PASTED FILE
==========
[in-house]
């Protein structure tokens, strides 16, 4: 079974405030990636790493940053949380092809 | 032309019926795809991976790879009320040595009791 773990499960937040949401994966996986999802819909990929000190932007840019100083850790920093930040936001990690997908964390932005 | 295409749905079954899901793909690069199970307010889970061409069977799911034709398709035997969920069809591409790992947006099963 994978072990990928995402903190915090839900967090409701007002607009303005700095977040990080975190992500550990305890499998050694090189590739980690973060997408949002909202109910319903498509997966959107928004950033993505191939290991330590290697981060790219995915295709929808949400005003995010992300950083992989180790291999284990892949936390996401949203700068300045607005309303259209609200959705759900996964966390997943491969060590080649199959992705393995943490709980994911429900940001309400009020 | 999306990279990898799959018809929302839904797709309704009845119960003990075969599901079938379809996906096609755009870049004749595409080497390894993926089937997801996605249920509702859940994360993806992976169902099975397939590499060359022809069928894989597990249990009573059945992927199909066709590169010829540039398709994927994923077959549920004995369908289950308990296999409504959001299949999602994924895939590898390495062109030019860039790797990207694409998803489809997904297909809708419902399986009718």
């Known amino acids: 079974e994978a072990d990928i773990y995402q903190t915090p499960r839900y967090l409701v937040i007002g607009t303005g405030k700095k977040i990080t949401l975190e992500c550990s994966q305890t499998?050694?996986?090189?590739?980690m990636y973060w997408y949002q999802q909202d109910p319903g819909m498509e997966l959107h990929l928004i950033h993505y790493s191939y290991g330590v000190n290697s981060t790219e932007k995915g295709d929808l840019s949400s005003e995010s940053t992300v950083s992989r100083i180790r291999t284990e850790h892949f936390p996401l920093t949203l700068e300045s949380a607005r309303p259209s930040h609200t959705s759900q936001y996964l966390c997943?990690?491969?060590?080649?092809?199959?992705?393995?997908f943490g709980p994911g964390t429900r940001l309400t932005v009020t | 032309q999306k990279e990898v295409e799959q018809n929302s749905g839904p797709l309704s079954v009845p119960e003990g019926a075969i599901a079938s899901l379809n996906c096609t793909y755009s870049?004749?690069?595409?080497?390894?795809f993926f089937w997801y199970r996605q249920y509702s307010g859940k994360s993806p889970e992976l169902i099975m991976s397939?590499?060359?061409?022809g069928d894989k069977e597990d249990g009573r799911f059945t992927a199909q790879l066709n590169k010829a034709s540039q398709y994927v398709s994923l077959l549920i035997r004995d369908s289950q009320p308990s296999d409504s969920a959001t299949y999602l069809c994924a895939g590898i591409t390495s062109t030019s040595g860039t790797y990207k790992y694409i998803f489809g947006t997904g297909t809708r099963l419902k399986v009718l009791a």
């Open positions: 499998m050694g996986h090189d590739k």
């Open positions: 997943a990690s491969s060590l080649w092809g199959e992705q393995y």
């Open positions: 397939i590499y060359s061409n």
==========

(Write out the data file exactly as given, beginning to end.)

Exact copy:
[in-house]
């Protein structure tokens, strides 16, 4: 079974405030990636790493940053949380092809 | 032309019926795809991976790879009320040595009791 773990499960937040949401994966996986999802819909990929000190932007840019100083850790920093930040936001990690997908964390932005 | 295409749905079954899901793909690069199970307010889970061409069977799911034709398709035997969920069809591409790992947006099963 994978072990990928995402903190915090839900967090409701007002607009303005700095977040990080975190992500550990305890499998050694090189590739980690973060997408949002909202109910319903498509997966959107928004950033993505191939290991330590290697981060790219995915295709929808949400005003995010992300950083992989180790291999284990892949936390996401949203700068300045607005309303259209609200959705759900996964966390997943491969060590080649199959992705393995943490709980994911429900940001309400009020 | 999306990279990898799959018809929302839904797709309704009845119960003990075969599901079938379809996906096609755009870049004749595409080497390894993926089937997801996605249920509702859940994360993806992976169902099975397939590499060359022809069928894989597990249990009573059945992927199909066709590169010829540039398709994927994923077959549920004995369908289950308990296999409504959001299949999602994924895939590898390495062109030019860039790797990207694409998803489809997904297909809708419902399986009718």
């Known amino acids: 079974e994978a072990d990928i773990y995402q903190t915090p499960r839900y967090l409701v937040i007002g607009t303005g405030k700095k977040i990080t949401l975190e992500c550990s994966q305890t499998?050694?996986?090189?590739?980690m990636y973060w997408y949002q999802q909202d109910p319903g819909m498509e997966l959107h990929l928004i950033h993505y790493s191939y290991g330590v000190n290697s981060t790219e932007k995915g295709d929808l840019s949400s005003e995010s940053t992300v950083s992989r100083i180790r291999t284990e850790h892949f936390p996401l920093t949203l700068e300045s949380a607005r309303p259209s930040h609200t959705s759900q936001y996964l966390c997943?990690?491969?060590?080649?092809?199959?992705?393995?997908f943490g709980p994911g964390t429900r940001l309400t932005v009020t | 032309q999306k990279e990898v295409e799959q018809n929302s749905g839904p797709l309704s079954v009845p119960e003990g019926a075969i599901a079938s899901l379809n996906c096609t793909y755009s870049?004749?690069?595409?080497?390894?795809f993926f089937w997801y199970r996605q249920y509702s307010g859940k994360s993806p889970e992976l169902i099975m991976s397939?590499?060359?061409?022809g069928d894989k069977e597990d249990g009573r799911f059945t992927a199909q790879l066709n590169k010829a034709s540039q398709y994927v398709s994923l077959l549920i035997r004995d369908s289950q009320p308990s296999d409504s969920a959001t299949y999602l069809c994924a895939g590898i591409t390495s062109t030019s040595g860039t790797y990207k790992y694409i998803f489809g947006t997904g297909t809708r099963l419902k399986v009718l009791a």
């Open positions: 499998m050694g996986h090189d590739k």
């Open positions: 997943a990690s491969s060590l080649w092809g199959e992705q393995y």
């Open positions: 397939i590499y060359s061409n």